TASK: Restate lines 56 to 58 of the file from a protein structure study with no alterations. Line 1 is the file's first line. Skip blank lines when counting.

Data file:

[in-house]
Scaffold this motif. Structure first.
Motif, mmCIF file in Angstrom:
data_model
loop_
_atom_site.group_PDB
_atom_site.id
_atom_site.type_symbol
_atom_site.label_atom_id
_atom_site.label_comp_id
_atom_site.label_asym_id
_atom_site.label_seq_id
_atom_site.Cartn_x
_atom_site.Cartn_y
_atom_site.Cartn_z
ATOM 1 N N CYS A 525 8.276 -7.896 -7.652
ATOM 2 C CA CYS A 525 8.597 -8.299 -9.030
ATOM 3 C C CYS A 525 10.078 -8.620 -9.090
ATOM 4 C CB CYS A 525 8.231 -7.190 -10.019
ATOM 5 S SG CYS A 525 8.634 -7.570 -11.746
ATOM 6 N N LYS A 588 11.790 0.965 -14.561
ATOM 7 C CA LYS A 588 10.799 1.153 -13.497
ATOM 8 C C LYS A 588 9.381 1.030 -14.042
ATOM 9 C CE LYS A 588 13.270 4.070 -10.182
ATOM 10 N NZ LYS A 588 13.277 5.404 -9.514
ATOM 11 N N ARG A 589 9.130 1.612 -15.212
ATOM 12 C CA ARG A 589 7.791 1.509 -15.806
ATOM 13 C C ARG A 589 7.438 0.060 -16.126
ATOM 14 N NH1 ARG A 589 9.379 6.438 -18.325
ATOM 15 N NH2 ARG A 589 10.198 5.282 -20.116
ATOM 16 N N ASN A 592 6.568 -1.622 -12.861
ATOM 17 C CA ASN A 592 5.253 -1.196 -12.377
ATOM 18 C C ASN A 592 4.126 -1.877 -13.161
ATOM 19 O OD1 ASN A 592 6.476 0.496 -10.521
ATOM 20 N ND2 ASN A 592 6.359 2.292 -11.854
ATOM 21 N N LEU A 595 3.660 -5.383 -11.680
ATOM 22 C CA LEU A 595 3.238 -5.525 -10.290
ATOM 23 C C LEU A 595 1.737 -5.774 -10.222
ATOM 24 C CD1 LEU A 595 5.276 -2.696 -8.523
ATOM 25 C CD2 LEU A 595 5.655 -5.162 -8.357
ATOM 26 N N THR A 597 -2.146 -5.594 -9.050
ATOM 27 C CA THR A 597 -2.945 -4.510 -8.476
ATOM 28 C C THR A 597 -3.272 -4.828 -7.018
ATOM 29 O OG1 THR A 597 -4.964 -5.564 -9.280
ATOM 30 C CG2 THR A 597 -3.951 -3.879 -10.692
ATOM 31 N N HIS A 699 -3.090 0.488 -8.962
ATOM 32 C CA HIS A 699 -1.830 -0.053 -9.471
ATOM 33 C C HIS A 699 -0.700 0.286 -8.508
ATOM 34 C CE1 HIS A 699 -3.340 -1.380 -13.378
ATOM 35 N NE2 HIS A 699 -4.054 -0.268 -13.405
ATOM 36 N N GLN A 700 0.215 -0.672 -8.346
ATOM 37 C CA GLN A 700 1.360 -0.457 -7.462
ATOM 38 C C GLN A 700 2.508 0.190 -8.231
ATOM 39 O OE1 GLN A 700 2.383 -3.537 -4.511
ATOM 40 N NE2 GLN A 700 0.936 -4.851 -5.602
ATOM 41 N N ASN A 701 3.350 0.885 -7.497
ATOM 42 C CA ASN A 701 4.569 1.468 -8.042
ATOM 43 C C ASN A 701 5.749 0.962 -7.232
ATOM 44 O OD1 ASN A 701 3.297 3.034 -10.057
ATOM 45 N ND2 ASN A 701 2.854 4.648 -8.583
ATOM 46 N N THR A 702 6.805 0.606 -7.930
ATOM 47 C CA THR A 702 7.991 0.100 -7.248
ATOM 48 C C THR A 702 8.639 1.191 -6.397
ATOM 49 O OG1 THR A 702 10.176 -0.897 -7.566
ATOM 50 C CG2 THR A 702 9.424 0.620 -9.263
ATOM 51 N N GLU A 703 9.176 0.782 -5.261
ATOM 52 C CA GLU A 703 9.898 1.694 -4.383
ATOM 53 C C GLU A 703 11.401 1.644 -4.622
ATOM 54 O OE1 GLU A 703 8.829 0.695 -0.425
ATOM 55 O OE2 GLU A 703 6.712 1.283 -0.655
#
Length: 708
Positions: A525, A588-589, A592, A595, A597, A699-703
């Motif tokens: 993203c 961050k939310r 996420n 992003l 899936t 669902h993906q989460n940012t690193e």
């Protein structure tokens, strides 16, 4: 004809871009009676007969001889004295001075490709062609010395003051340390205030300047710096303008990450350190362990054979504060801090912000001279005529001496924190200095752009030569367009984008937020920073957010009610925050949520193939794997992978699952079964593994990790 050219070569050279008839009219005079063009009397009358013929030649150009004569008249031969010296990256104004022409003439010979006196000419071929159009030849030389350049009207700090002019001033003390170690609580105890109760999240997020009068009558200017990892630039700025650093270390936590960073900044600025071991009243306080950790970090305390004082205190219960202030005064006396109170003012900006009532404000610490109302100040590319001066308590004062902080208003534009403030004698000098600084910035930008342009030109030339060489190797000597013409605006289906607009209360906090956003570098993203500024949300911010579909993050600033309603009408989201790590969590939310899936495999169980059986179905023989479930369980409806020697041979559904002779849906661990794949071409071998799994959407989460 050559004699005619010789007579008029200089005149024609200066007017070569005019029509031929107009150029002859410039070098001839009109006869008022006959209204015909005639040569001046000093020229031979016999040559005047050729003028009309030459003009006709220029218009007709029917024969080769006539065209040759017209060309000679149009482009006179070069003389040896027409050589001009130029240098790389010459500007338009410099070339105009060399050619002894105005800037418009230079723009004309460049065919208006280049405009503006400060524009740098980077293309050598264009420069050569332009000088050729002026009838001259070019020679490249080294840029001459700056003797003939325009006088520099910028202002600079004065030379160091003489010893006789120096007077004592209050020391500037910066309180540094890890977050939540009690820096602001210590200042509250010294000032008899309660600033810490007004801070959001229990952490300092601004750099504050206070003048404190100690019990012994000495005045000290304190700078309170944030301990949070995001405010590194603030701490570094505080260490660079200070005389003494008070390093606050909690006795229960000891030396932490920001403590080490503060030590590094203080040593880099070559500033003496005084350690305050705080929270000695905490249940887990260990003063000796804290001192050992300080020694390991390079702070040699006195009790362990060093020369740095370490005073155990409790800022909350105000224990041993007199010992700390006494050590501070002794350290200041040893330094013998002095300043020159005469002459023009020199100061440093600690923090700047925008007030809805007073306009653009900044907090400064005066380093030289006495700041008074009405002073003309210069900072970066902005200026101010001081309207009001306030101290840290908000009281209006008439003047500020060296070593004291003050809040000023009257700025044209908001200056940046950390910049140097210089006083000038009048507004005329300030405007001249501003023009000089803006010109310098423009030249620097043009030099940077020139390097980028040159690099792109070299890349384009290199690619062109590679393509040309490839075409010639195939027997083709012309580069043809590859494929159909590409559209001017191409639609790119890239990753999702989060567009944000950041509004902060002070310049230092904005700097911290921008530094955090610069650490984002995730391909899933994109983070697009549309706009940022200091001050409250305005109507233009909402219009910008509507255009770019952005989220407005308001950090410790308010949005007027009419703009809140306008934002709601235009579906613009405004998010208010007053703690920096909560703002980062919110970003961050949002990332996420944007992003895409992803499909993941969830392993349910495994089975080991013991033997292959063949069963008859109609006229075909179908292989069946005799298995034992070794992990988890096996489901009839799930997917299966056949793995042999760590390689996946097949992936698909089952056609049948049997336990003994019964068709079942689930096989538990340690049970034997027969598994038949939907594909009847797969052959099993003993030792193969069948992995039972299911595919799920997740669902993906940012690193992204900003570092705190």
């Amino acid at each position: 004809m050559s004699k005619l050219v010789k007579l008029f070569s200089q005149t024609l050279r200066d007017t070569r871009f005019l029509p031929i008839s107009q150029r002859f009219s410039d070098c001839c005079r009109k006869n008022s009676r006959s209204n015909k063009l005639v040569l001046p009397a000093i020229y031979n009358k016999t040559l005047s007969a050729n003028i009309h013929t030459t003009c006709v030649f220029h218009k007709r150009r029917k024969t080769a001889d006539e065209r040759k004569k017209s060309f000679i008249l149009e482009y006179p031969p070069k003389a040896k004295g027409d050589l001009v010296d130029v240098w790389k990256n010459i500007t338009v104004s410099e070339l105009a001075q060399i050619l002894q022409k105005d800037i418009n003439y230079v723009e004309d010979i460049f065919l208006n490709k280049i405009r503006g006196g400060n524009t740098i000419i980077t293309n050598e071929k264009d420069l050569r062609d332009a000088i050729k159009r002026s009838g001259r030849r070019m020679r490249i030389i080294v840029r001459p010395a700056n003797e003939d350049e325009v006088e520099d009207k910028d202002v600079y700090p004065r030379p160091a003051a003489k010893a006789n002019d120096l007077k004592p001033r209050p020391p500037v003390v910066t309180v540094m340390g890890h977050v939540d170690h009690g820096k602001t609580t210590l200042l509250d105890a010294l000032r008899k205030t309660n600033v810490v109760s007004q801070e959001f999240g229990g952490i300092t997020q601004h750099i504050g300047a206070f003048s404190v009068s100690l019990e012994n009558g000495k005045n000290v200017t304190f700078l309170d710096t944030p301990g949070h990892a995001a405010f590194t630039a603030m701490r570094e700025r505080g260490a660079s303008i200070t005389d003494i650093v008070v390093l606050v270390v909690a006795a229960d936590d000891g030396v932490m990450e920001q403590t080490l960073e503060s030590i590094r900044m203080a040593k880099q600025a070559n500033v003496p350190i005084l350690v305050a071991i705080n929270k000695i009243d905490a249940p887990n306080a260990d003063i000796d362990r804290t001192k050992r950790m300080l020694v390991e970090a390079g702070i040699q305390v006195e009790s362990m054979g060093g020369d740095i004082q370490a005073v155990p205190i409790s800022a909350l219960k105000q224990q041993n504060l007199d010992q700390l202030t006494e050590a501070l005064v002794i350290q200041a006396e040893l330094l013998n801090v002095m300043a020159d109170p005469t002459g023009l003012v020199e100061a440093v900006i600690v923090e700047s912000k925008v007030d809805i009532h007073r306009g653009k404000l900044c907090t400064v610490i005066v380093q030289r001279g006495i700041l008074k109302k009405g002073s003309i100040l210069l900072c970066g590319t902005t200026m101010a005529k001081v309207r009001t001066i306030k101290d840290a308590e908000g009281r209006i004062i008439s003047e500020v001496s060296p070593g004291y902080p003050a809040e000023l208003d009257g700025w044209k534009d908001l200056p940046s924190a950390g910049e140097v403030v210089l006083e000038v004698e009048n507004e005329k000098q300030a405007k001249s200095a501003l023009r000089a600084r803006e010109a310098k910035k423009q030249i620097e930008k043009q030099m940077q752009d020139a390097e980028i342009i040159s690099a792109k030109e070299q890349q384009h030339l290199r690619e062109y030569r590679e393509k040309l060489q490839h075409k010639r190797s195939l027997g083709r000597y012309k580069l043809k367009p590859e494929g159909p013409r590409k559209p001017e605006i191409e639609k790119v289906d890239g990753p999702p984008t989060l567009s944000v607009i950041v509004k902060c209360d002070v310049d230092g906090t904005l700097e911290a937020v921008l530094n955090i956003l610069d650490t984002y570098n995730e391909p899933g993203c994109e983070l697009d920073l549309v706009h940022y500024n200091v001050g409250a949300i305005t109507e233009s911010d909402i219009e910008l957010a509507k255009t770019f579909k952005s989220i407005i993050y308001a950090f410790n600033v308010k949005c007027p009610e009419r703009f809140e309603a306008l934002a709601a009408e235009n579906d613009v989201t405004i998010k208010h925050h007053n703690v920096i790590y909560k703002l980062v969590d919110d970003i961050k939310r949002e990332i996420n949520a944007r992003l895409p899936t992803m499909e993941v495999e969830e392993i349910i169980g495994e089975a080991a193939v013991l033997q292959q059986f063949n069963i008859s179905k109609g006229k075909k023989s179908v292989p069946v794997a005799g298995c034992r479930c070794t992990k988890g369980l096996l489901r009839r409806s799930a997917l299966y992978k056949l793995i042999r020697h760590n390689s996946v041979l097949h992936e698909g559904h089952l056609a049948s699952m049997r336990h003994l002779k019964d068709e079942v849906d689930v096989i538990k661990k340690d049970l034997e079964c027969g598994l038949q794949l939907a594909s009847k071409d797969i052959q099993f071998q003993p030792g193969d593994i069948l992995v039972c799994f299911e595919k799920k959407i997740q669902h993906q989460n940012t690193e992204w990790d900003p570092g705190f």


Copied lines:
ATOM 41 N N ASN A 701 3.350 0.885 -7.497
ATOM 42 C CA ASN A 701 4.569 1.468 -8.042
ATOM 43 C C ASN A 701 5.749 0.962 -7.232